Laundry Love has gotten a lot of love from nearby residents and volunteers since a Dodge Charger careened through its front door last spring.
The building’s front facade has since been repaired and business owner Jason Snyder aims to reopen the place Nov. 1. It depends on how long it takes volunteers to put the finishing touches on Laundry Love, a coin-operated laundromat in Vancouver’s Rose Village neighborhood known for offering free laundry every Thursday.
On Monday, volunteers Roy Baird and Steve Folmar were repainting the interior walls.
“The community really does depend on this a lot,” Baird said.
Every Thursday night Laundry Love offered two free loads of laundry per person and provided the laundry detergent, dryer sheets and snacks. Churches and charitable groups sponsored some nights where upwards of 60 or so people showed up to do laundry. Manager Jackie James also accommodated people who couldn’t make it out to the laundromat on Thursdays. It was one of the only places homeless people could do laundry for free.
Those free laundry nights will be back up and running whenever the business reopens.
“A stereotype of a neighborhood like this is that people are always looking for the free things, the next entitlement or whatever. For the most part, the people who use our free laundry nights, they desperately need it,” Snyder said. “It’s amazing how many of them when they use it they say, ‘This is so humbling to me, but the minute things turn around I’m a paying customer.'”
Some people offer a dollar or 50 cents — whatever they can afford. A veteran who walked by said he currently has nowhere to do his laundry. Once Laundry Love reopens, he said he’ll be a paying customer again.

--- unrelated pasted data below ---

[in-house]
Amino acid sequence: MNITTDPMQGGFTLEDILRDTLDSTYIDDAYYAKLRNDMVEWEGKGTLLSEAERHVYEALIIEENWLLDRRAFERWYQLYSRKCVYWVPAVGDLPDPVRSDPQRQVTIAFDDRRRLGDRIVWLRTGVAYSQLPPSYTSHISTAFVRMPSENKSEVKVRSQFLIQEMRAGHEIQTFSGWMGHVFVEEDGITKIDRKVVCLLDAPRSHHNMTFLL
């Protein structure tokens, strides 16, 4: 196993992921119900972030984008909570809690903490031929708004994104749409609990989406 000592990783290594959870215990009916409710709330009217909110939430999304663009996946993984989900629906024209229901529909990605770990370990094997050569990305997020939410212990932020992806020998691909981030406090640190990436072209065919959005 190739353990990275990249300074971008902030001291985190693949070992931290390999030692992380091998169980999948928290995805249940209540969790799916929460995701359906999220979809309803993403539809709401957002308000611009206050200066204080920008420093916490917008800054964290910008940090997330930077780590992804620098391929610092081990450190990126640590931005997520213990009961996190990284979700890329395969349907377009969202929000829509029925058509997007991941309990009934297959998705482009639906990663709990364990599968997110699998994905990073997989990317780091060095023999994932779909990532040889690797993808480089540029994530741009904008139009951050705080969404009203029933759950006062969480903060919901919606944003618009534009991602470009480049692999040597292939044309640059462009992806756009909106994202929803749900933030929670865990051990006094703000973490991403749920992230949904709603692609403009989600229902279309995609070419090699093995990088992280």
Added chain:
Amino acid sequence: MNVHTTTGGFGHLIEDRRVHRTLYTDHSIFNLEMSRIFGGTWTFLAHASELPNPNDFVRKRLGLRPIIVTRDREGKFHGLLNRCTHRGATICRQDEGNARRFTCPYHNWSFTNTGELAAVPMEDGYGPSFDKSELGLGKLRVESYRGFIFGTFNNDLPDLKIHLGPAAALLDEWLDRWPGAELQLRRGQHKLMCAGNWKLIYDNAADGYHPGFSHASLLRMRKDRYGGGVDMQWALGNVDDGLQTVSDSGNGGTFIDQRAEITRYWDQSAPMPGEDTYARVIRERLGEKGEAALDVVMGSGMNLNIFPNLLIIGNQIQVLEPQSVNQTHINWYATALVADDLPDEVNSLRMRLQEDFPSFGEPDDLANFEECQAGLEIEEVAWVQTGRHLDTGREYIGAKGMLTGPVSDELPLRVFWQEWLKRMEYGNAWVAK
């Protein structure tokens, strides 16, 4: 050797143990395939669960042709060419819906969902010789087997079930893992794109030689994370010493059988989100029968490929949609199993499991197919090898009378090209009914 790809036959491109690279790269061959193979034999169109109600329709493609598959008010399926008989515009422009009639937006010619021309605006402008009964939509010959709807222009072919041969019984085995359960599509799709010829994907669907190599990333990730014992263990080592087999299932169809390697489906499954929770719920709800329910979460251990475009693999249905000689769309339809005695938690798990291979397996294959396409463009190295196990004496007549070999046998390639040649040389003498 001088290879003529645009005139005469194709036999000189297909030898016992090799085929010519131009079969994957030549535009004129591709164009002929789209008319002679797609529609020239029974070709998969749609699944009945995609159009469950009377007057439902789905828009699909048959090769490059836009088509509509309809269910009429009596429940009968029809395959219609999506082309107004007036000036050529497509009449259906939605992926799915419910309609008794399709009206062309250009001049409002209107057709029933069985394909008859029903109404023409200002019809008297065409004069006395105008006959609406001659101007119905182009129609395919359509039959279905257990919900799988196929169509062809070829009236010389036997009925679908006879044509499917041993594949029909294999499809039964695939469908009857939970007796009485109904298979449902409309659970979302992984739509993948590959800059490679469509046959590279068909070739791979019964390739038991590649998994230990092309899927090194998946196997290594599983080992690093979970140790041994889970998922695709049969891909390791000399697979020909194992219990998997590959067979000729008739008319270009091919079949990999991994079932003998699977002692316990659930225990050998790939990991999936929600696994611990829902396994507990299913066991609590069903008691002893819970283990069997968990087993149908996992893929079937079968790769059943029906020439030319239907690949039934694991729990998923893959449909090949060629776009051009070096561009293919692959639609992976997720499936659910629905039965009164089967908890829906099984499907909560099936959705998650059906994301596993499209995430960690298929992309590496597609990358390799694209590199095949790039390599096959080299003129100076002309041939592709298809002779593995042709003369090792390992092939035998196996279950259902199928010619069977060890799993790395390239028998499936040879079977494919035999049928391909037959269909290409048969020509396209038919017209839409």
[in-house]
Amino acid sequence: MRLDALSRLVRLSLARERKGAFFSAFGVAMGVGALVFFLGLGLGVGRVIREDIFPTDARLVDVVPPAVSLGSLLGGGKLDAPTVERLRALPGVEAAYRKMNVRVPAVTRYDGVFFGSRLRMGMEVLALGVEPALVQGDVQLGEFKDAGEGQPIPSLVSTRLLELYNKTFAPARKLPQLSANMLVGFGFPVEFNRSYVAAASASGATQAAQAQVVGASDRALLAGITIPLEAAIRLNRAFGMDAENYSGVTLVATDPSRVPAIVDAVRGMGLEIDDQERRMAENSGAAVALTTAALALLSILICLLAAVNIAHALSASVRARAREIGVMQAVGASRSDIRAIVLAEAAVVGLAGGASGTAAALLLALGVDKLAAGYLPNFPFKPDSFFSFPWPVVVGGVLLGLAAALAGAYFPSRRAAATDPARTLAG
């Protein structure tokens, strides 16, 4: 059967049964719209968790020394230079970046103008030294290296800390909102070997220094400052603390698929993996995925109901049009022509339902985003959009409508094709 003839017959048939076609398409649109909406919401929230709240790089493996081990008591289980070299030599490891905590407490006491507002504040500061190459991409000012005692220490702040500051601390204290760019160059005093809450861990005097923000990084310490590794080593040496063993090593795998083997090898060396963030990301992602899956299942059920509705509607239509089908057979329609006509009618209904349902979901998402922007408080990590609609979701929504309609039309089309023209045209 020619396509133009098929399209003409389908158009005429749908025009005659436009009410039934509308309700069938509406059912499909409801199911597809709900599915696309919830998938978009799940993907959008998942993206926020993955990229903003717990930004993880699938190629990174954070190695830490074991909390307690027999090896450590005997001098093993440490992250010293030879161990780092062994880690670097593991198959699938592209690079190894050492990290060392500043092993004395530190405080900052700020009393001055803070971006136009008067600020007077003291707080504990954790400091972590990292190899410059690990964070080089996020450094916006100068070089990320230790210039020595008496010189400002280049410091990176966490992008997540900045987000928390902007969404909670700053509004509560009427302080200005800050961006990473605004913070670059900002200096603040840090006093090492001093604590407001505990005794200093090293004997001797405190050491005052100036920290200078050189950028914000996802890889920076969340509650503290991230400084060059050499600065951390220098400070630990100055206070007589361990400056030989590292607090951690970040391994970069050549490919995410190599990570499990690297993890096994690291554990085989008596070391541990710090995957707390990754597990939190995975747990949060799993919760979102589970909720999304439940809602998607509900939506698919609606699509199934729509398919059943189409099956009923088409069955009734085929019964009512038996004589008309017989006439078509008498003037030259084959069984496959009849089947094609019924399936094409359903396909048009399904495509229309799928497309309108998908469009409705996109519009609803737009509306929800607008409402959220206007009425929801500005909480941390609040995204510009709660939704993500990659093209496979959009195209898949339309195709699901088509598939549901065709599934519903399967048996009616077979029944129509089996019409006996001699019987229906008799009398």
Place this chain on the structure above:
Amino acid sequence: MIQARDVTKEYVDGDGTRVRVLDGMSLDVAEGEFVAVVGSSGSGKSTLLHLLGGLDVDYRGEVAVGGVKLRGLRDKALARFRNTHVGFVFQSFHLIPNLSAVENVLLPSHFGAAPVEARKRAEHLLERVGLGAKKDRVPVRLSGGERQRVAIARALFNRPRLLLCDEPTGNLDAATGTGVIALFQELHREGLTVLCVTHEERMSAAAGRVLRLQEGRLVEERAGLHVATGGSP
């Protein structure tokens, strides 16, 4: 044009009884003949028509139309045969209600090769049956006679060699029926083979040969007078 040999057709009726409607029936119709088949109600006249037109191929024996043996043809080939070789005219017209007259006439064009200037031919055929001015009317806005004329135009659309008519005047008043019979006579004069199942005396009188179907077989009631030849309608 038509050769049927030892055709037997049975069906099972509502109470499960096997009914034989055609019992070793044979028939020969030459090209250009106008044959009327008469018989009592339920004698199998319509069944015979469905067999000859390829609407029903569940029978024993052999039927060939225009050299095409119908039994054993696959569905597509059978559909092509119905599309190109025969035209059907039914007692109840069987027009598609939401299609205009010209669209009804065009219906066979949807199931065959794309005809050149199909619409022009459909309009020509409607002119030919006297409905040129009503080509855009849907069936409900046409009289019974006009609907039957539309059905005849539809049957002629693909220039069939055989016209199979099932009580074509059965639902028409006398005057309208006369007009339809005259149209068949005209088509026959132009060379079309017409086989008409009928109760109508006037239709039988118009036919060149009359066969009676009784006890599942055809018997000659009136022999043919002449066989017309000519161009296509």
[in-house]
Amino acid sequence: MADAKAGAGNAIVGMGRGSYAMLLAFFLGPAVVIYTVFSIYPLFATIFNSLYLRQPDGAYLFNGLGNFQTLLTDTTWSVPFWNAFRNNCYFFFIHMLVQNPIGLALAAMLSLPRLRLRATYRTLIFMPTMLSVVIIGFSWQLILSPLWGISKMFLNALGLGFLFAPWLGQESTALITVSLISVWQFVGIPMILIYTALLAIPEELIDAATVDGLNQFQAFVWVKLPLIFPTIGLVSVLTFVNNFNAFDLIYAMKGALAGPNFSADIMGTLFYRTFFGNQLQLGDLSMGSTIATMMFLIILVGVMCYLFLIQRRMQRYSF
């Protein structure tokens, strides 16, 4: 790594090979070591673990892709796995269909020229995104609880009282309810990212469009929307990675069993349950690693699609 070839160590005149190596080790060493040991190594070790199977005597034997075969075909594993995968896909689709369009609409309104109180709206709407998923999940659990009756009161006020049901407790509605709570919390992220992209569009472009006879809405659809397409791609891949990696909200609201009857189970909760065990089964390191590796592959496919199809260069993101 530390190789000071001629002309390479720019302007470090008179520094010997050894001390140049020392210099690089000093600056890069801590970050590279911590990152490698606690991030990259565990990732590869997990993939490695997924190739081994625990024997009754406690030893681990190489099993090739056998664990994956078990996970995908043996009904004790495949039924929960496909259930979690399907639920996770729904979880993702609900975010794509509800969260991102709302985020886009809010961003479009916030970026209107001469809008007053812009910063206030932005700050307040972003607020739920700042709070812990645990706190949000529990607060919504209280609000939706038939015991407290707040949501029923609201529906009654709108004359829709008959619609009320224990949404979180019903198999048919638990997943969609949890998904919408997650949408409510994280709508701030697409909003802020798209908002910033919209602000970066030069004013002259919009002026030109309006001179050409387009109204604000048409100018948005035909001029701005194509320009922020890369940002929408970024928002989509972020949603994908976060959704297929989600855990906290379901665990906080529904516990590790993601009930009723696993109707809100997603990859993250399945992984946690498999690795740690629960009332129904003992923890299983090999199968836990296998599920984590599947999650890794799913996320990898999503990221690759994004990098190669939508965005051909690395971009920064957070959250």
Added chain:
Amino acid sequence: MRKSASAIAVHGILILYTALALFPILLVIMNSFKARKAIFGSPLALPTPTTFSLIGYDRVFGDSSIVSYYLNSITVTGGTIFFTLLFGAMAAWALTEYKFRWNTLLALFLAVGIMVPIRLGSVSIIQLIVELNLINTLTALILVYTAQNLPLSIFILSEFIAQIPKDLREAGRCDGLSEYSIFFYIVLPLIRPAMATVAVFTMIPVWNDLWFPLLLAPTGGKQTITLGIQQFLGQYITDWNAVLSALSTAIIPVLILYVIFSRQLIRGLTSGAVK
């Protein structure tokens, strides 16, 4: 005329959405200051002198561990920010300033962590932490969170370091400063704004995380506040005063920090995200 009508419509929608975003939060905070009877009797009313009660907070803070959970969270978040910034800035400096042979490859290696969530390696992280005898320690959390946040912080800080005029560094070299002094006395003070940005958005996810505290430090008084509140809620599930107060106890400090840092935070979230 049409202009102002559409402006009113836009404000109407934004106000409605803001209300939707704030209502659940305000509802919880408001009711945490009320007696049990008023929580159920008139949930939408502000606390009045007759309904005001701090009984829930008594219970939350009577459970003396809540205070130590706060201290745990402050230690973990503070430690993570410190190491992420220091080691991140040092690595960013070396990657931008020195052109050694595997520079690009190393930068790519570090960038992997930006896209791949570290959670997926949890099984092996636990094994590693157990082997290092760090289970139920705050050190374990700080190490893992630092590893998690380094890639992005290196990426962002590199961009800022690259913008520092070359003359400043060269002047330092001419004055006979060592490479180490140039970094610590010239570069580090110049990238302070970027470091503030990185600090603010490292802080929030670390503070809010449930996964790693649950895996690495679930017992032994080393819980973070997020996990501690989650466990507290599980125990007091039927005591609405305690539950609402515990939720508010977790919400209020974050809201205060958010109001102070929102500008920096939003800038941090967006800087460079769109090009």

“Everything that’s made this place great has made it that much easier to go through the whole rebuild process and have an attitude that it’s going to be better when it’s all said and done,” Snyder said.
Lots of people have been willing to help out, whether it’s helping paint or keeping a watchful eye on the damaged building.
Early in the morning on May 7, a Dodge Charger crashed into planter boxes and sheared off a telephone pole before spinning around and plowing backwards into the glass front of the building at 2101 St. Johns Blvd. About 10 minutes prior, a deputy with the Clark County Sheriff’s Office initiated a pursuit after seeing the Charger driving recklessly on Northeast 88th Street without headlights on. However, the pursuit was terminated moments before the driver lost control.
“There was nothing left of the car. He’s lucky to be alive,” Sgt. Brent Waddell said.
Since then, the 17-year-old was convicted of attempting to elude police and taking a motor vehicle without permission, which are both felonies, Waddell said. He was sentenced to 20 days in jail, along with a year of probation, restitution and community service. He has a restitution hearing next month. His name was not released.
The crash basically damaged the front half of the building, which had to be repaired and brought up to code. Insurance covered the costs of repair. Snyder pointed out some patched-up spots along the wall where the front door impaled the wall.
“One of the unintended blessings of all this, is it kind of gives us an opportunity to recast and re-envision what this place could be,” Snyder said.
That could be a voucher system that would enable someone to come in another time besides Thursday nights and get laundry done for free. Not everyone can make it Thursday nights. The business hours will likely stay the same, 6 a.m. to 10 p.m. daily, though those could expand in the future.
“The better it works as a business, the better it will serve the community,” Snyder said.
Vancouver’s Laundry Love started in late 2010. Laundry Love has dozens of locations around the country where an organization or church steps in one night to cover the cost of doing laundry. Camas Friends Church and St. Anne’s Episcopal Church sponsor Laundry Love every first and third Thursday at Riverside Laundry in Washougal.